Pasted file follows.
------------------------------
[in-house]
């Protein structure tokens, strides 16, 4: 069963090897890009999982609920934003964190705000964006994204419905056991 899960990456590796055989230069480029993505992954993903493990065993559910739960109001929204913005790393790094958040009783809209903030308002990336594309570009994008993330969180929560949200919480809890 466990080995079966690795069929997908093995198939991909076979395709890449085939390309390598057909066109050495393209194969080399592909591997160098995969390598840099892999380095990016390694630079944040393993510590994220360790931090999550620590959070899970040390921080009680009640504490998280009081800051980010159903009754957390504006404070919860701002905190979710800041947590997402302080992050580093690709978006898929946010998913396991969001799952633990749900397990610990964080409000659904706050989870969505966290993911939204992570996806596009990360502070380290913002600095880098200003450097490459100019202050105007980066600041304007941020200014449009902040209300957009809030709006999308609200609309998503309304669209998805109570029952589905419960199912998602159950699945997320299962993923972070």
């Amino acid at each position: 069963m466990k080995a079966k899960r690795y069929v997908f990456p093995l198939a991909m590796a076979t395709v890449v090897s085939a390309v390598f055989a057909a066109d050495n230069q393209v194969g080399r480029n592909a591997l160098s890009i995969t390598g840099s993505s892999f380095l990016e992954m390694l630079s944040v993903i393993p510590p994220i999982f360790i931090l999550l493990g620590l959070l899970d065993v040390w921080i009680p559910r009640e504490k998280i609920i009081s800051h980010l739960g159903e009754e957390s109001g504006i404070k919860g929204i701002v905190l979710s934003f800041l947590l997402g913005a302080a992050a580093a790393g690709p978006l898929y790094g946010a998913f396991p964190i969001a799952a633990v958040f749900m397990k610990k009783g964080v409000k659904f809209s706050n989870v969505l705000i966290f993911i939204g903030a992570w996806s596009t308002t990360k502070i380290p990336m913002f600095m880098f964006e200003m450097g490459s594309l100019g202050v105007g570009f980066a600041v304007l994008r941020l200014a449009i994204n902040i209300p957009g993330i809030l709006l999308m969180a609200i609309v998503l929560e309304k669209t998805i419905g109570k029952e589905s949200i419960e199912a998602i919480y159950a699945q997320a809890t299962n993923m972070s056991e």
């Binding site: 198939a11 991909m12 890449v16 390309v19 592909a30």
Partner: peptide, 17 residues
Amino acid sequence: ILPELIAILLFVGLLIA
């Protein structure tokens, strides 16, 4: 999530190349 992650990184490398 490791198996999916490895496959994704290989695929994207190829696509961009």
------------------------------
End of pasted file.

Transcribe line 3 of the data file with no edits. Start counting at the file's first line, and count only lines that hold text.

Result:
């Amino acid at each position: 069963m466990k080995a079966k899960r690795y069929v997908f990456p093995l198939a991909m590796a076979t395709v890449v090897s085939a390309v390598f055989a057909a066109d050495n230069q393209v194969g080399r480029n592909a591997l160098s890009i995969t390598g840099s993505s892999f380095l990016e992954m390694l630079s944040v993903i393993p510590p994220i999982f360790i931090l999550l493990g620590l959070l899970d065993v040390w921080i009680p559910r009640e504490k998280i609920i009081s800051h980010l739960g159903e009754e957390s109001g504006i404070k919860g929204i701002v905190l979710s934003f800041l947590l997402g913005a302080a992050a580093a790393g690709p978006l898929y790094g946010a998913f396991p964190i969001a799952a633990v958040f749900m397990k610990k009783g964080v409000k659904f809209s706050n989870v969505l705000i966290f993911i939204g903030a992570w996806s596009t308002t990360k502070i380290p990336m913002f600095m880098f964006e200003m450097g490459s594309l100019g202050v105007g570009f980066a600041v304007l994008r941020l200014a449009i994204n902040i209300p957009g993330i809030l709006l999308m969180a609200i609309v998503l929560e309304k669209t998805i419905g109570k029952e589905s949200i419960e199912a998602i919480y159950a699945q997320a809890t299962n993923m972070s056991e």